Seán Curran, noted dance guru and respected choreographer turned opera stage director can expound the theory behind his work with a steady stream of clever abstractions. But he can also cut to the chase: “My job is to tell the audience where to look.”Curran is putting the finishing directorial touches on San Diego Opera’s 2017-18 season opener, Gilbert and Sullivan’s The Pirates of Penzance. San Diego opera aficionados will recall Curran’s striking direction of Richard Strauss’s Salome in 2012 and his bold choreography in the company’s more recent well-received production of John Adams’ Nixon in China.
Curran is acutely aware of the need to impress the San Diego Opera audience with his Pirates of Penzance production, inasmuch as this is the first Gilbert and Sullivan opera the company has ever offered. More that a few eyebrows have been raised by patrons and even opera chorus members about including English operetta in a San Diego season, even though the company has always presented the standard Viennese operettas such as Die Fledermaus and The Merry Widow without objection.
“I recently did an English language Fledermaus at Santa Fe Opera,” Curran noted, “and this Gilbert and Sullivan is so much more sophisticated than Fledermaus! This operetta is crammed full of wit, cleverness, and politics. Really, The Pirates of Penzance was the Hamilton of its day. It is smartly political and done with tremendous virtuosity.”
San Diego’s production of Pirates comes from Opera Theatre St. Louis and The Atlanta Opera, where Curran directed the production in March 2016. The visual inspiration for the visual look of this production came from an unexpected purchase at a Barnes and Noble bookstore in Manhattan.
“In my research for the upcoming Pirates production, I was looking for as many books about actual pirates as I could find, and after I had amassed a healthy stack of scholarly volumes, a grandmotherly sales clerk with a wry smile on her face took me into the children’s section and produced a large children’s book titled Pirates Don’t Change Diapers. It had very little text but was filled with whimsical illustrations, more like cartoons, with a vibrant, kinetic sensibility. I bought the book as a kind of joke to show to the set and costume designer James Schuette. But when I showed the book to him, his eyes lit up and he exclaimed, ‘That’s it—this will be our design for the production!’”
Curran explained that San Diego Opera’s operetta has the look of a British music hall from the late 1800s, in part a result of adapting the original Opera Theatre St. Louis small-scaled set made for its intimate 1,000-seat theater to the much larger Atlanta venue: a second proscenium was built to enclose the original set for the much larger stage. One Atlanta critic praised this compromise as giving the production “a cozy, old-fashioned Victorian snugness.”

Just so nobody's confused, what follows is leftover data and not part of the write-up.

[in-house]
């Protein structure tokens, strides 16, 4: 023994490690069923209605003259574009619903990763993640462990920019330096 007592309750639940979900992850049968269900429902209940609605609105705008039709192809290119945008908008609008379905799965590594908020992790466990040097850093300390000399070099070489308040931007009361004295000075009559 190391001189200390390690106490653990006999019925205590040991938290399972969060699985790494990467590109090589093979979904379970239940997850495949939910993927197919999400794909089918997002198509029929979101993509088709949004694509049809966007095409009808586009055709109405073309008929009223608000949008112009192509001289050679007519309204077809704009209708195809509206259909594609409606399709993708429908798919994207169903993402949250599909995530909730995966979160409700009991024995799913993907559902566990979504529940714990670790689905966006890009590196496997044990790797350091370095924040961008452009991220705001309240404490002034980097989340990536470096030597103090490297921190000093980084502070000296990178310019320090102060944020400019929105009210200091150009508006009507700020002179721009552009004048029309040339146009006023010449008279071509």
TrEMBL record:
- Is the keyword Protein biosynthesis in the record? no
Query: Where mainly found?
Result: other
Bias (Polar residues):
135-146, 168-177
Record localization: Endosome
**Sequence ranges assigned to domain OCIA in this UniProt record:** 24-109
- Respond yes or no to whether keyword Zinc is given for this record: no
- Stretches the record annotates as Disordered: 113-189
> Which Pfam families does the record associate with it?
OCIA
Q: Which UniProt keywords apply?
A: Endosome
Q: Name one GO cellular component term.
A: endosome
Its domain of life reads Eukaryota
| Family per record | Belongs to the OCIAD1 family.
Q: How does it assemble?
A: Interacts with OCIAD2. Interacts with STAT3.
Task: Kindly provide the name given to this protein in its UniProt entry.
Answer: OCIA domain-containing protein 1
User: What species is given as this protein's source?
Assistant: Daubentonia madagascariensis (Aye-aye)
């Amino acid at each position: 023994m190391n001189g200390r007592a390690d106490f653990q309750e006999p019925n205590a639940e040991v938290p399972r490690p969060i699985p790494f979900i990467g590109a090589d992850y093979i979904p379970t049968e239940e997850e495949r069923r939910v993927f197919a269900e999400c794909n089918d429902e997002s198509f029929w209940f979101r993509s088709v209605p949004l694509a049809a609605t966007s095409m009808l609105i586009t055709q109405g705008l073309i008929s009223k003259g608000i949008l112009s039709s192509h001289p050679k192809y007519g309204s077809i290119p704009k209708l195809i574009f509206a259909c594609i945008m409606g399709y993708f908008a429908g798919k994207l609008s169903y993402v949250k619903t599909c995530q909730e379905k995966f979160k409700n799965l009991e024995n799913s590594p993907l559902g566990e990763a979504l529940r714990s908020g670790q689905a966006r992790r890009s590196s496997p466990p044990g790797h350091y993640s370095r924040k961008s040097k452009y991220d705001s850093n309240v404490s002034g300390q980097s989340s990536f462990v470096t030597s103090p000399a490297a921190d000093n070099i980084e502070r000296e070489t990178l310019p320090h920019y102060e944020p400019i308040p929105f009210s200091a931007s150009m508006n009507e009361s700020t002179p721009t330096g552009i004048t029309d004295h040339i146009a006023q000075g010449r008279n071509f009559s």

The opera audience typically thinks that the choreographer’s job is to devise and direct the required dances in a specific opera’s score, such as the cavorting gypsies in Bizet’s Carmen or Salome’s scandalous dance of seduction in Richard Strauss’s racy one-act. But Curran’s view of choreography’s role in an opera production is more holistic.
“When I am directing, my sense of choreography drives me to enhance the behavior of everyone on stage, because as the great Martha Graham always reminded us ‘movement never lies.’ The way a singer stands, walks, points, and gestures can tell the story more vividly, and this is what I want bring out. I want everyone on the stage to move from their inner body. Jerome Robbins’ succinct advice was ‘don’t dance to the music, but dance in the music’.”
Curran has been dancing in the music since he was a teenager, starting with learning traditional Irish stepdancing in his Irish-American family to singing and dancing in high school musicals.
“My Irish father wanted to do everything Irish, so learning stepdancing was a requirement in my family. But when my high school English teacher recruited me for the annual school musical and asked me to do the choreography, I asked her ‘What is choreography?’.”
New York University eventually supplied him with an in-depth definition of the noun, not to mention the dance skills he needed: “I was drawn to the contemporary dance department, and besides, they were desperate for guys,” he noted. From NYU he danced for 10 years with contemporary dance companies in New York City, becoming a leading dancer with the Bill T. Jones/Arnie Zane Company, and in 1997 he founded his own company, surprisingly named the Seán Curran Dance Company, which established a strong reputation on both sides of the Atlantic.
When asked to describe his company’s trademark on the American dance scene, he comes down clearly on the side of abstraction.
“My approach to dance is based on movement invention—I don’t tell stories. I use fluid ideas to create a visualization of the music, because music must always be the motor of the dance. To be sure, humans look for stories, and what they find from my dance is an implied narrative.”
Of course, W.S. Gilbert supplied The Pirates of Penzance with ample narrative, so adding narrative to the choreography would be gilding the lily. “Pirates embellishes that enduring ‘love conquers all’ cliché,” Curran observed. “Each of the twelve daughters ends up marrying either a pirate or a policeman, proving that sheer tenacity will get you a happy ending.”
San Diego Opera’s swashbuckling production of The Pirates of Penzance with Greer Grimsley as the Pirate King opens Saturday, October 14, in the Civic Theatre and runs through Sunday, October 22., 2017.